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US$ 50 per year is the minimum fostering fee

The following is SERAA's Orphan Profile.
If you would like to foster a different orphan please click here.

Quick Facts about  SERAA

Gender  Female Date of Birth  September 2001
Location Found  Sera Group Ranch
Age on Arrival  6 weeks old
Comments on Place Found  Found in a well at Kasima Hamisi bordering Shaba national reserve
Reason for being Orphaned  Found in Erosion Gulley

On the 12th October 2001 we were alerted that an elephant would be coming by helicopter to our doorstep at the Nairobi Nursery. This elicited a flurry of excitement and activity, since this was the first baby elephant to be brought by a Helicopter actually on site. Shortly later, the same helicopter that flew Mweya from Uganda to Kenya, landed beside Daphne’s house, with a tiny trunk waving from an open window! We were told by the pilot, Phil Mathews, that she had been rescued by Ian Craig of Lewa Downs from a deep depression in a natural rock water catchment known as Kasima Hamisi. Ian Craig’s party were there to discuss another community wildlife related project with the local people when they heard faint wails that at first they could not identify. Further investigation revealed the tiny head of an elephant calf just managing to keep above the water level. They believe that she had been in the “well” probably for two days, unable to touch the bottom, but managing somehow to keep afloat, desperately clinging to life. This same place had apparently trapped another calf a couple of years earlier who had been successfully reunited with her elephant family.

Seraa arrives at the Trust by Helicopter  Seraa is unloaded and walked to the stockades

The baby was extracted from the hole and deposited by the Helicopter near an elephant herd spotted from the air earlier, but sadly the Matriarch reacted violently, tossing the calf away, whilst another member of the herd attempted to kneel on her. Clearly this particular herd would reject, and even possibly kill, this baby – unusual elephant behaviour in a psychologically stable population, but not unusual where the elephants have long been subjected to persecution by humans and are themselves constantly in a state of high alert. The calf was retrieved and from then on, treated as an orphan. Ian Craig requested that she be named “Seraa”, the name of the location in which she was orphaned.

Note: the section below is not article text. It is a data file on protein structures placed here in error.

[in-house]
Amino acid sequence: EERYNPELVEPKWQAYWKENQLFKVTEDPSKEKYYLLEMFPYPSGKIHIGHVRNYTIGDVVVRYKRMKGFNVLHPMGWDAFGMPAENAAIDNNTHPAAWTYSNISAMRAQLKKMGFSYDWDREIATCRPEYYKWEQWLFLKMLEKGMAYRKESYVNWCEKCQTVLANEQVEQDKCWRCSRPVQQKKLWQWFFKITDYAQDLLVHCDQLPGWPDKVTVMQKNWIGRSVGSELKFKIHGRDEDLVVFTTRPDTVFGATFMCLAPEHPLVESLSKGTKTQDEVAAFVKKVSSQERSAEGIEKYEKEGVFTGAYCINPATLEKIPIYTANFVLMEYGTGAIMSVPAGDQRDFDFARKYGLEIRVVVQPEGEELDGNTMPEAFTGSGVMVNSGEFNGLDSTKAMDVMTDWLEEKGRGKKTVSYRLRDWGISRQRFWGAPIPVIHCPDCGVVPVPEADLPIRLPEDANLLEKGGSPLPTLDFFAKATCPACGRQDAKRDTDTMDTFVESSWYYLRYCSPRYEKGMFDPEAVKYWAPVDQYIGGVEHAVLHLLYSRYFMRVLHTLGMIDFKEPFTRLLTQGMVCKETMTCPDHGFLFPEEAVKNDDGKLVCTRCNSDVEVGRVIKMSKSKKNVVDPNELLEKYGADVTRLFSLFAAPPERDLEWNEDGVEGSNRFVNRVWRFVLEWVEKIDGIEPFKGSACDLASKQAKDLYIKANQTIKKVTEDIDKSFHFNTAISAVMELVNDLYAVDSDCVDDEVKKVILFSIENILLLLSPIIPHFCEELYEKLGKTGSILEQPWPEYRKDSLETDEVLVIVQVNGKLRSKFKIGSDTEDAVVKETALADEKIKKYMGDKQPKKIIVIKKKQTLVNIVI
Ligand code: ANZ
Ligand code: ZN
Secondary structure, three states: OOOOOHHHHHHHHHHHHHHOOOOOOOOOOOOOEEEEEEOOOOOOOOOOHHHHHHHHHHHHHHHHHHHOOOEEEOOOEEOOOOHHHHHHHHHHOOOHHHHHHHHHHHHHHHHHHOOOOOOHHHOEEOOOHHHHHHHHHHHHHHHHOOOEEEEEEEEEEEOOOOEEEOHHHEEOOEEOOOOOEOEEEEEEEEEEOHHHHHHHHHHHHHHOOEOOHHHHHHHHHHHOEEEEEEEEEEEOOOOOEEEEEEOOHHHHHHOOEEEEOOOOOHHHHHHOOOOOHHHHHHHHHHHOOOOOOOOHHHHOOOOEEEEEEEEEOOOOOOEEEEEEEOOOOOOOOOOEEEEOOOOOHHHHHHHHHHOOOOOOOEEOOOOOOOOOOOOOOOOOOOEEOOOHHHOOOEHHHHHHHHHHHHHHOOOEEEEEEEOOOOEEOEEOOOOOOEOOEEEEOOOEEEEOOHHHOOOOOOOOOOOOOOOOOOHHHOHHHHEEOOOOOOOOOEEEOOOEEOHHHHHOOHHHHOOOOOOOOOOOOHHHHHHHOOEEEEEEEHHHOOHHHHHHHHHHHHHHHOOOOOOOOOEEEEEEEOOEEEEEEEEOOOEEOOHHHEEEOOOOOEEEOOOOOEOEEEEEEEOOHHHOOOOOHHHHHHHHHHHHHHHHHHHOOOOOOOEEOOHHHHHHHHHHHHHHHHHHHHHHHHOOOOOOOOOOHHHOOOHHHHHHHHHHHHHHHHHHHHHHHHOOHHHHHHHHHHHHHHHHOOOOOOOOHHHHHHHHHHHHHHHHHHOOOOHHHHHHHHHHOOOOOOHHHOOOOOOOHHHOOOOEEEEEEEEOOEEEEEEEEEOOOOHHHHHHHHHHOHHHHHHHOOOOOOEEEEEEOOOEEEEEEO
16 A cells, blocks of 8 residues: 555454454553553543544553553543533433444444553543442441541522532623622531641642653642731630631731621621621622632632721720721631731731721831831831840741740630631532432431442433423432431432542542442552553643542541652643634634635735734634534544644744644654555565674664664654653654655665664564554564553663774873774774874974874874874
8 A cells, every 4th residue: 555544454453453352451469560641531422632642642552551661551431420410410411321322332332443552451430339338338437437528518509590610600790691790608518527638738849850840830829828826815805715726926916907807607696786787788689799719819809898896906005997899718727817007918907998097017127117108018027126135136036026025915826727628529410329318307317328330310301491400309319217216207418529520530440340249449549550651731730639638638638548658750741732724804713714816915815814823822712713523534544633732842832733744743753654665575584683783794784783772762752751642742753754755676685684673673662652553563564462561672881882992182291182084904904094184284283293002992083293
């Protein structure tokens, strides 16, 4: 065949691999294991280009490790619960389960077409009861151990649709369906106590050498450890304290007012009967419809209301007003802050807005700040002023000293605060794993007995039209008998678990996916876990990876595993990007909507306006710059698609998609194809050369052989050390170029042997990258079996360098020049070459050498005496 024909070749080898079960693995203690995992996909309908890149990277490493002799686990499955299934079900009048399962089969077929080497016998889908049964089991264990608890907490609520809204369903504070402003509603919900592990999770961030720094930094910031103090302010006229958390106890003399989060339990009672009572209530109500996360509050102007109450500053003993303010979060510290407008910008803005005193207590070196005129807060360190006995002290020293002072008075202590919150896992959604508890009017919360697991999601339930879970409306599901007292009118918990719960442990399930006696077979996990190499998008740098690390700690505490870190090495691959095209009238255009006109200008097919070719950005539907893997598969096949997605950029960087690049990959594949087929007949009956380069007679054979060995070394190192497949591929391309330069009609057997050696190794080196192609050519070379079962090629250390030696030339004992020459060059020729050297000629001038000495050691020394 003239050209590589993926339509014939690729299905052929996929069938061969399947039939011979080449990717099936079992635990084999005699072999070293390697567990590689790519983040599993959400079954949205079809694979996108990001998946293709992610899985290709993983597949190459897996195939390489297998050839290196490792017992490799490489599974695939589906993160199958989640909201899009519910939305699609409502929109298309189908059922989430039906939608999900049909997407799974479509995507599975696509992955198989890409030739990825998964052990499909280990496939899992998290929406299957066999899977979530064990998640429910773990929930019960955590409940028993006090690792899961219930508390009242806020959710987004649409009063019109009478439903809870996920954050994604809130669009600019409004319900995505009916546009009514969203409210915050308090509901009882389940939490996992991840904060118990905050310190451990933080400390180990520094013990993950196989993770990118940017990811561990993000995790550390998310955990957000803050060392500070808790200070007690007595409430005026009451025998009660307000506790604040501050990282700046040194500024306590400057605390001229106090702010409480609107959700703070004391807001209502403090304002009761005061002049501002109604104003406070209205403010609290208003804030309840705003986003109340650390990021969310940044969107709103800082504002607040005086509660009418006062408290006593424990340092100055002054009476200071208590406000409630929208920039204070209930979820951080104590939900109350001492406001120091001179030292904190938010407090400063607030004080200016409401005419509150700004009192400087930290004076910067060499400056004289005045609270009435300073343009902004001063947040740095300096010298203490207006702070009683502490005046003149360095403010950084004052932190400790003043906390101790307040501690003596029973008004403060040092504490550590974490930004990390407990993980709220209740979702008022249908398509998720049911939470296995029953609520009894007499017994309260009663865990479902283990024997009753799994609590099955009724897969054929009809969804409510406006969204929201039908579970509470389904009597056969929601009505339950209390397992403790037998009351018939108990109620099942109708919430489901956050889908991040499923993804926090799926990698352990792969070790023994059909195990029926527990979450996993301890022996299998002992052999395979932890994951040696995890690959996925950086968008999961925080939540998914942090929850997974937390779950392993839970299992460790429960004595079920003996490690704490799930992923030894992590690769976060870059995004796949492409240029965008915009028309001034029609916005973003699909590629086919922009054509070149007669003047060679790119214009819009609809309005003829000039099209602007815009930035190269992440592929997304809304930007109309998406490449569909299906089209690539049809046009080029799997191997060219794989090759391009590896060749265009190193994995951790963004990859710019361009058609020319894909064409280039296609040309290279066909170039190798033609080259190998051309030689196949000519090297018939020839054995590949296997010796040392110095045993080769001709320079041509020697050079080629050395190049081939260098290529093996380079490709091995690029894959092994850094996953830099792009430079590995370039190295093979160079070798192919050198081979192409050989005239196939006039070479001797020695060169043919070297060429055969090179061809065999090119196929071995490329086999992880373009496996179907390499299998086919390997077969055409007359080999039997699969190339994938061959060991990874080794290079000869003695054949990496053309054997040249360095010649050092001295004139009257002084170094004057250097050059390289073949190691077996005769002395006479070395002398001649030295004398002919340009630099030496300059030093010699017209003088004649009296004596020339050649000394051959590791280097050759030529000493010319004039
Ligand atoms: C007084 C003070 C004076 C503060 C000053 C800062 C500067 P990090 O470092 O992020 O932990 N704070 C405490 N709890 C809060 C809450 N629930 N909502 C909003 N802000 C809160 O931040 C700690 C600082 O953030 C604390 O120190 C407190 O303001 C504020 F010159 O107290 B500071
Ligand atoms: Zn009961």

Here in the Nairobi Nursery, the reception little Seraa received from the other orphaned elephants was warm, tender and loving. They all came along to have a look and welcome the new baby before themselves going into their stables for the night. Then, “Nasalot”, upon hearing the calf cry, insisted on being let out again so that she could reassure herself that the distress was not emanating from one of “her” favourite Nursery babies – i.e. Mweya, Sweet Sally or little Thoma. With tail up and ears out she hurried round to their night stables, and having satisfied herself that each one was fine, rushed back to where the baby was with her new Keepers. We let her in, and immediately the newcomer calmed down, as Nasalot rumbled a loving greeting, and gentled the baby all over. Having spent about 10 minutes with her, Nasalot was then happy to return to her stable, confident that the baby was in safe hands with her new Keepers. As for little Seraa, very soon she was comfortable with her Keepers, taking re-hydration fluids and milk, and during her first night, unlike Sweet Sally and Thoma, slept soundly. Come the morning, the Keepers felt that perhaps she should stay put for a while. However, the two older orphans, Nasalot and Mulika had other ideas. Bellows from the bush indicated that they were wondering why Seraa was not with them, and back they came, to collect her!

Seraa becomes part of the group very quickly  Seraa with her trunk in the air

We estimated the tiny elephant was about 6 weeks old upon arrival, therefore born in September 2001, and although we anticipated the usual problems, Seraa was fine and delighted to have found herself within a welcoming elephant family, and humans that were equally as loving and gentle, to feed her on demand and take care of all her bruises, both mental and physical.

Seraa with Vincent

Having been moved to the Voi Unit in June 2003, Seraa is a solid member of Emily's ex-orphan herd and we were delighted in February 2018 when she had her first wild born calf, little boy Solar.

US$ 50 per year is the minimum fostering fee

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The David Sheldrick Wildlife Trust   P.O. Box 15555 Nairobi KenyaThe David Sheldrick Wildlife Trust is a non-profit in Kenya, a registered charity in England and Wales (1103836) and is supported by The David Sheldrick Wildlife Trust USA, a 501(c)(3) in the United States.

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